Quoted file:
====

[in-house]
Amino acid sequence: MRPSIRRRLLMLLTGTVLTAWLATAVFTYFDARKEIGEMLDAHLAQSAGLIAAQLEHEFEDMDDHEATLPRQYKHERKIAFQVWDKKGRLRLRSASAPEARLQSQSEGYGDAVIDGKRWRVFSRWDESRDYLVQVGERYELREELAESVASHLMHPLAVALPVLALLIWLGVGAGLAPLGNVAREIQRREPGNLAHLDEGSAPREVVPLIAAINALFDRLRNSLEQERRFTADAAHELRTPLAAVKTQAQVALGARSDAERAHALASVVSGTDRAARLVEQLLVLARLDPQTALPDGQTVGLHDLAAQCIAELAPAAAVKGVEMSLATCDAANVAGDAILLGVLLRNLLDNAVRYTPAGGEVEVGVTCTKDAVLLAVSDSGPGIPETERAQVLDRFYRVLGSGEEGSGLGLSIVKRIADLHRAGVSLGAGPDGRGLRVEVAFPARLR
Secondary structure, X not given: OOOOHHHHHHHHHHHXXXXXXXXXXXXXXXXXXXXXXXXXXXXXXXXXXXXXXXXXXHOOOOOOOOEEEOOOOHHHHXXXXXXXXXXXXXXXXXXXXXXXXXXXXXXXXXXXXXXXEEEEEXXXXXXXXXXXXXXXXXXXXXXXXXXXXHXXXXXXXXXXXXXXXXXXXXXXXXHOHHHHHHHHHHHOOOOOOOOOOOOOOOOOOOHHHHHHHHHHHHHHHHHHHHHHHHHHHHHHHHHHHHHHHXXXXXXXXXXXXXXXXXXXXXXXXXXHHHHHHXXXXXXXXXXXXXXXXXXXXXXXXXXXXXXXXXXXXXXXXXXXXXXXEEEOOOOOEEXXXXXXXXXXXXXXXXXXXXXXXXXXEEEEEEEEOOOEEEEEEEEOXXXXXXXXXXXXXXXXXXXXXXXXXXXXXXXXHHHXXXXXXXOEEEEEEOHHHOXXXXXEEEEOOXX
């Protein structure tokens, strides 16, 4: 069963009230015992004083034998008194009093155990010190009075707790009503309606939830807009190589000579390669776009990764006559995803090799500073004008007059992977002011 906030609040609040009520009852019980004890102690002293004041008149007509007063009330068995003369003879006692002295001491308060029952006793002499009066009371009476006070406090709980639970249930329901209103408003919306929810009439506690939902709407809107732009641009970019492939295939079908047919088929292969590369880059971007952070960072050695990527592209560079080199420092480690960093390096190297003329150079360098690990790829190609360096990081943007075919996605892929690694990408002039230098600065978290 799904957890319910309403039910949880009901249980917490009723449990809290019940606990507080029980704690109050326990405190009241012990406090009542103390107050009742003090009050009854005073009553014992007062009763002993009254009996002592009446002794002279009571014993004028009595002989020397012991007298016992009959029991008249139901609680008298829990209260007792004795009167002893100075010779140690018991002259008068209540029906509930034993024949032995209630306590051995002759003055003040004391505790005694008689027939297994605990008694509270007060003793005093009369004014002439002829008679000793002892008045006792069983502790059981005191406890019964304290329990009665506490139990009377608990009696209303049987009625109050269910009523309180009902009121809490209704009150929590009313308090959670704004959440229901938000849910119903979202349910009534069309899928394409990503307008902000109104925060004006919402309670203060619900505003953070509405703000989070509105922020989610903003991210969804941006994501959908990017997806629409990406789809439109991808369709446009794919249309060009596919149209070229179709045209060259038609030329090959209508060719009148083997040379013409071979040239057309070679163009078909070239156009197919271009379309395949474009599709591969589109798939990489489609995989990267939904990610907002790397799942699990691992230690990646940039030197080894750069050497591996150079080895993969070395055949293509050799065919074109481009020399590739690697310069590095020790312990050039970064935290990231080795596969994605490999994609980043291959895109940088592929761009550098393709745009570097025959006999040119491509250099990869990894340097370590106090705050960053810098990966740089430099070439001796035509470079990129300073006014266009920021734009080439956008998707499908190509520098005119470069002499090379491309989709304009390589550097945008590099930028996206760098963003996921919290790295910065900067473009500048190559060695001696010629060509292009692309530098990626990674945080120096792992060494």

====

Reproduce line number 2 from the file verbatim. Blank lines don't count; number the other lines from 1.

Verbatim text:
Amino acid sequence: MRPSIRRRLLMLLTGTVLTAWLATAVFTYFDARKEIGEMLDAHLAQSAGLIAAQLEHEFEDMDDHEATLPRQYKHERKIAFQVWDKKGRLRLRSASAPEARLQSQSEGYGDAVIDGKRWRVFSRWDESRDYLVQVGERYELREELAESVASHLMHPLAVALPVLALLIWLGVGAGLAPLGNVAREIQRREPGNLAHLDEGSAPREVVPLIAAINALFDRLRNSLEQERRFTADAAHELRTPLAAVKTQAQVALGARSDAERAHALASVVSGTDRAARLVEQLLVLARLDPQTALPDGQTVGLHDLAAQCIAELAPAAAVKGVEMSLATCDAANVAGDAILLGVLLRNLLDNAVRYTPAGGEVEVGVTCTKDAVLLAVSDSGPGIPETERAQVLDRFYRVLGSGEEGSGLGLSIVKRIADLHRAGVSLGAGPDGRGLRVEVAFPARLR